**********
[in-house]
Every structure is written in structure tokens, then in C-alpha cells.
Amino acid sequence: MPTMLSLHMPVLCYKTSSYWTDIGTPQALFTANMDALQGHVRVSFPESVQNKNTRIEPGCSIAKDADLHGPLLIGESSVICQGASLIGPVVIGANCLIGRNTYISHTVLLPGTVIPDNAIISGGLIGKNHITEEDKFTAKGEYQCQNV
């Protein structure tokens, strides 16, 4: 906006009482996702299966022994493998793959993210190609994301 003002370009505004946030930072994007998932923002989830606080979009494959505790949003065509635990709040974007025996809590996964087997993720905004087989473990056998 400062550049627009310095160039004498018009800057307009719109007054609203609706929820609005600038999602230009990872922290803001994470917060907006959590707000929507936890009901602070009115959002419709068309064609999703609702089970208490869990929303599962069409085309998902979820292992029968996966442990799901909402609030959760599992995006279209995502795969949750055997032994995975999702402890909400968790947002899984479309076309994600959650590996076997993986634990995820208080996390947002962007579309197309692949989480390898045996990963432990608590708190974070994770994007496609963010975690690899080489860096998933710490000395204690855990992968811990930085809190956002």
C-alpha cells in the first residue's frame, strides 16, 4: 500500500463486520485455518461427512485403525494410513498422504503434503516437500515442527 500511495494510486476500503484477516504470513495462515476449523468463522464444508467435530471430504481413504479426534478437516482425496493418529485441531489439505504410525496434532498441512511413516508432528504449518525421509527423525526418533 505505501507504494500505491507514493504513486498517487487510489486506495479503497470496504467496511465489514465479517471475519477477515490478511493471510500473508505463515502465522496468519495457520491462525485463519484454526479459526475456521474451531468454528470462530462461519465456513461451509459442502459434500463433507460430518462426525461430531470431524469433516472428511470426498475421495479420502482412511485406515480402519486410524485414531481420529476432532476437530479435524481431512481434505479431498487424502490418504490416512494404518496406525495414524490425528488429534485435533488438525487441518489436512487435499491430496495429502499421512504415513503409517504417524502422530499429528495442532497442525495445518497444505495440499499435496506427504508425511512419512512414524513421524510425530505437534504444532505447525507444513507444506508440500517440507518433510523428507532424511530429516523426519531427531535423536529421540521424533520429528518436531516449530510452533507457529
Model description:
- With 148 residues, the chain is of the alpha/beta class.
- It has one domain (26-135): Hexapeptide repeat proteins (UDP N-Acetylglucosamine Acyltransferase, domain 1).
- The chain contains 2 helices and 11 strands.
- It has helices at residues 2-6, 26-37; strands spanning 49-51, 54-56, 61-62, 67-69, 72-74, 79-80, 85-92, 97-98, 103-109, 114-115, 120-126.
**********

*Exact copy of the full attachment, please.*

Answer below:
[in-house]
Every structure is written in structure tokens, then in C-alpha cells.
Amino acid sequence: MPTMLSLHMPVLCYKTSSYWTDIGTPQALFTANMDALQGHVRVSFPESVQNKNTRIEPGCSIAKDADLHGPLLIGESSVICQGASLIGPVVIGANCLIGRNTYISHTVLLPGTVIPDNAIISGGLIGKNHITEEDKFTAKGEYQCQNV
């Protein structure tokens, strides 16, 4: 906006009482996702299966022994493998793959993210190609994301 003002370009505004946030930072994007998932923002989830606080979009494959505790949003065509635990709040974007025996809590996964087997993720905004087989473990056998 400062550049627009310095160039004498018009800057307009719109007054609203609706929820609005600038999602230009990872922290803001994470917060907006959590707000929507936890009901602070009115959002419709068309064609999703609702089970208490869990929303599962069409085309998902979820292992029968996966442990799901909402609030959760599992995006279209995502795969949750055997032994995975999702402890909400968790947002899984479309076309994600959650590996076997993986634990995820208080996390947002962007579309197309692949989480390898045996990963432990608590708190974070994770994007496609963010975690690899080489860096998933710490000395204690855990992968811990930085809190956002």
C-alpha cells in the first residue's frame, strides 16, 4: 500500500463486520485455518461427512485403525494410513498422504503434503516437500515442527 500511495494510486476500503484477516504470513495462515476449523468463522464444508467435530471430504481413504479426534478437516482425496493418529485441531489439505504410525496434532498441512511413516508432528504449518525421509527423525526418533 505505501507504494500505491507514493504513486498517487487510489486506495479503497470496504467496511465489514465479517471475519477477515490478511493471510500473508505463515502465522496468519495457520491462525485463519484454526479459526475456521474451531468454528470462530462461519465456513461451509459442502459434500463433507460430518462426525461430531470431524469433516472428511470426498475421495479420502482412511485406515480402519486410524485414531481420529476432532476437530479435524481431512481434505479431498487424502490418504490416512494404518496406525495414524490425528488429534485435533488438525487441518489436512487435499491430496495429502499421512504415513503409517504417524502422530499429528495442532497442525495445518497444505495440499499435496506427504508425511512419512512414524513421524510425530505437534504444532505447525507444513507444506508440500517440507518433510523428507532424511530429516523426519531427531535423536529421540521424533520429528518436531516449530510452533507457529
Model description:
- With 148 residues, the chain is of the alpha/beta class.
- It has one domain (26-135): Hexapeptide repeat proteins (UDP N-Acetylglucosamine Acyltransferase, domain 1).
- The chain contains 2 helices and 11 strands.
- It has helices at residues 2-6, 26-37; strands spanning 49-51, 54-56, 61-62, 67-69, 72-74, 79-80, 85-92, 97-98, 103-109, 114-115, 120-126.